Reflections on 9/11Posted: September 29, 2011
Where Were You on 9/12? Reflections on Ten Years and a Day
By N. Park, PA-C
Images of planes crashing into the Twin Towers flash behind my eyes, as I listen to the veteran before me haltingly describe his flashbacks from the IED explosion that changed his world forever. Ten years and a day have passed for all of us, and nothing remains the same. It is the question of our generation: Where were you on 9/11? I was a physician assistant student. As anyone who has survived PA school will tell you, there is no lower person on a medical team than the PA student. Scut work and long hours are the norm, and I had not yet even earned the privilege of standing in scrubs as the lowliest member of the team. I was still in that first long didactic year, where Socrates’ words held sway: I was learning all that I did not know. Navigating the streets of downtown Detroit, inhaling the acrid perfume that cadavers wear, and desperately memorizing the biochemical pathways that make us human, I despaired of ever knowing all that I needed to know to care for others. Back in class that next day, a Wednesday, my helplessness multiplied. There were so many hurting, and in need, and I was a lowly student without the tools to help anyone. Like everyone else, I had spent the day before numbly watching the unlikely images of planes gliding into skyscrapers, gaping holes in the Pentagon, and ash-covered firefighters kneeling in prayer. I stared at my hands, pen in hand, aching to grasp the skills that could bandage or suture or make a difference, somehow. Laying my hand on my daughter’s head that night, I wondered what the world would bring for her, and for all of us. The question we should ask of ourselves, and others is: Where were you on 9/12? If 9/11 was the day the world changed for us, 9/12 was the day each of us took stock of where we stood, and took the steps into a new future.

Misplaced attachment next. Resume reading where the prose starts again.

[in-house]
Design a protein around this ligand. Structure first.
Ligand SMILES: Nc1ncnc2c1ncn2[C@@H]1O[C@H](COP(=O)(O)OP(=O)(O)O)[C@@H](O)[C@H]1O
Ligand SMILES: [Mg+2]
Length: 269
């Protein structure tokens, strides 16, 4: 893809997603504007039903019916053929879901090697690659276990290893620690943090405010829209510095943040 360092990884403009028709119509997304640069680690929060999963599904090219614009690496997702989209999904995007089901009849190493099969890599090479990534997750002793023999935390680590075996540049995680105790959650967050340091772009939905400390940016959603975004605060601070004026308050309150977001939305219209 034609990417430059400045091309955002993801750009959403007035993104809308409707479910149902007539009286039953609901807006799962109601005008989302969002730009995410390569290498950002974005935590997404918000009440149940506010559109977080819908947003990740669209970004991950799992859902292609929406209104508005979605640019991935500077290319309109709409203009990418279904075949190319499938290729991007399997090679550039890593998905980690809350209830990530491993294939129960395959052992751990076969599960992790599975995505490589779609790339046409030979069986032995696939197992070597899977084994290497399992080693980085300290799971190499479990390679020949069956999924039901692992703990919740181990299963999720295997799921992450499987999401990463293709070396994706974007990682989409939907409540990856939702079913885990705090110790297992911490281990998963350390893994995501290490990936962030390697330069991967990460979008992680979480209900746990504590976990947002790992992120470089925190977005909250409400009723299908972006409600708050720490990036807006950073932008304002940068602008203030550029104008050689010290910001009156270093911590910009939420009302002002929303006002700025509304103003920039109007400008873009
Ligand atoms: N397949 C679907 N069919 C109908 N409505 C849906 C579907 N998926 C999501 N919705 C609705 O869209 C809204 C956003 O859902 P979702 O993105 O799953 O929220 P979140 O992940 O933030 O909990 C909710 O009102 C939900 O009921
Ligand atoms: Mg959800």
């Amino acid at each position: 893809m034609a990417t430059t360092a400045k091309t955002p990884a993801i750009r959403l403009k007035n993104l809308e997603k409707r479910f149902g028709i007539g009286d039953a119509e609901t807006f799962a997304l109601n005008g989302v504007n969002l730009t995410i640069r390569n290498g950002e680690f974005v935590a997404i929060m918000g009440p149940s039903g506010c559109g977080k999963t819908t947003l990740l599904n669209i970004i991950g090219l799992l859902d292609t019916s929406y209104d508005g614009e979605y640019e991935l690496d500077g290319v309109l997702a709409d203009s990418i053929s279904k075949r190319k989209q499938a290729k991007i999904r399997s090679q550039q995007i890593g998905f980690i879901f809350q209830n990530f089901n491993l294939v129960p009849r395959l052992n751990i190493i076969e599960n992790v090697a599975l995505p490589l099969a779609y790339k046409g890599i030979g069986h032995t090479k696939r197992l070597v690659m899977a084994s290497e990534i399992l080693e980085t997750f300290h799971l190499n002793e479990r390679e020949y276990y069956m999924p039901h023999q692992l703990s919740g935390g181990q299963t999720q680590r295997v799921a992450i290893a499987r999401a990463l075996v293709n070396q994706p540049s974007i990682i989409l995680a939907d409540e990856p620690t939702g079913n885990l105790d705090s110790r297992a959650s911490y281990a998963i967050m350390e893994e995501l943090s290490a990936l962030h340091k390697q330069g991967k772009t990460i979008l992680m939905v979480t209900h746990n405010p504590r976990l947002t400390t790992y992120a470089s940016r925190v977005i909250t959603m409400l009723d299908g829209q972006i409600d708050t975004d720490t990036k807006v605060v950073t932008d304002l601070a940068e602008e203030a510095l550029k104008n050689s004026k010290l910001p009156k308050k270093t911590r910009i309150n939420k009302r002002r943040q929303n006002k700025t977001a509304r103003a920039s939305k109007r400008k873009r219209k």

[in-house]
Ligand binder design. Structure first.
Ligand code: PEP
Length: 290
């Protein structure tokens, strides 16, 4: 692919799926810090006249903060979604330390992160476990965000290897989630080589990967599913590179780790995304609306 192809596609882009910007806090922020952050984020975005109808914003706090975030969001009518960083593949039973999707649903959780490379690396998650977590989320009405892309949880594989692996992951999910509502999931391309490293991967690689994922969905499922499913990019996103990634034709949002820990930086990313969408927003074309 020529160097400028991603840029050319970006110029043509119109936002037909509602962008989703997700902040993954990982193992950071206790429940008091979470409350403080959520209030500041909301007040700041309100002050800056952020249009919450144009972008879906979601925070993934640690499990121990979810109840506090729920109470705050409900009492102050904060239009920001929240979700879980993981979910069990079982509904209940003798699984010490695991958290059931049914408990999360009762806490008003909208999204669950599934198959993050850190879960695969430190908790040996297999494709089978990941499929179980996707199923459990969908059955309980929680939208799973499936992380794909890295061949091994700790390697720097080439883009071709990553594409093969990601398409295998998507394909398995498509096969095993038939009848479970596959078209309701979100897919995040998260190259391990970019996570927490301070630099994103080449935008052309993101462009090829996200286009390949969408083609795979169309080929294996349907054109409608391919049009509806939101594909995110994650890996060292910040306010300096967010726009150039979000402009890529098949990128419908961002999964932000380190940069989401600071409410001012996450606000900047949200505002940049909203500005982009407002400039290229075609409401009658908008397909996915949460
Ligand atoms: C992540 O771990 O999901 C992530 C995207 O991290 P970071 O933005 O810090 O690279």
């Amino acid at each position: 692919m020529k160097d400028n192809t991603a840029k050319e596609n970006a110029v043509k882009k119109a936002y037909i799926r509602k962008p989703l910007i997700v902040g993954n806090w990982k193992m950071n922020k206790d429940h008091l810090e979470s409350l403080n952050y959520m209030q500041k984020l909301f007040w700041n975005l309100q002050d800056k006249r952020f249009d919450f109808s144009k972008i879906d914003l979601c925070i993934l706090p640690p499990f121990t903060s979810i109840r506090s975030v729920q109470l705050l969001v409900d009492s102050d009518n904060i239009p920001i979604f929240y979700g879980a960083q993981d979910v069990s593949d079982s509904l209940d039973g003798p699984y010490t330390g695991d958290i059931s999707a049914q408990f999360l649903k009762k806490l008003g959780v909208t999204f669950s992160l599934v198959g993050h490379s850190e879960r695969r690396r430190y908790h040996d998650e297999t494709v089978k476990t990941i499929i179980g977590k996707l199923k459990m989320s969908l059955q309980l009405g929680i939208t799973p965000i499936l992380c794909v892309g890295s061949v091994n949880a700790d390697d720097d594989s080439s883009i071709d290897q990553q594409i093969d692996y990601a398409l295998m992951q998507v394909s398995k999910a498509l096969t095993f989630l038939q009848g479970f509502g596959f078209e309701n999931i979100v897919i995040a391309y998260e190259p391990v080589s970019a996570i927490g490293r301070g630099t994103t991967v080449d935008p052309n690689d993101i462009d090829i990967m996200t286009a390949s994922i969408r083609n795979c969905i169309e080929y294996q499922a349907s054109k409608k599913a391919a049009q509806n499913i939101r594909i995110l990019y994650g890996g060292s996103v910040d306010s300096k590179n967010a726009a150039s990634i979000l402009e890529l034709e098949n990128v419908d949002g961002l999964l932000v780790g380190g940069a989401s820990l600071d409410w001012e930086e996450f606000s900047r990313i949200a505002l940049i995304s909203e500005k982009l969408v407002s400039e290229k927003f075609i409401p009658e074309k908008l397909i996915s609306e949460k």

And now, ten years and a day later, I wonder at the journey that we as a nation have made, and look back at the person I was, and marvel. Since that day, my husband left his lucrative, but unsatisfying job to become a firefighter/paramedic, and I, like all firefighter’s spouses, lie in bed waiting for the call that he is safe. I know there is more innocence and laughter in the world, because I have brought two more children into it. And today, I sit before this veteran who has served our country in the fight against terror, and the tools I use every day, are the tools I had then, but did not know it. I did learn how to suture, and bandage, and administer medications that will heal and soothe, but what I have learned since 9/12 is this: The single greatest thing I, and anyone else privileged enough to be present in the healing process can do, is listen. Though these hands have finally acquired the skills I so longed for as a student, today, they grasp the hands of the soldier in front of me, in gratitude, and somehow, it is enough.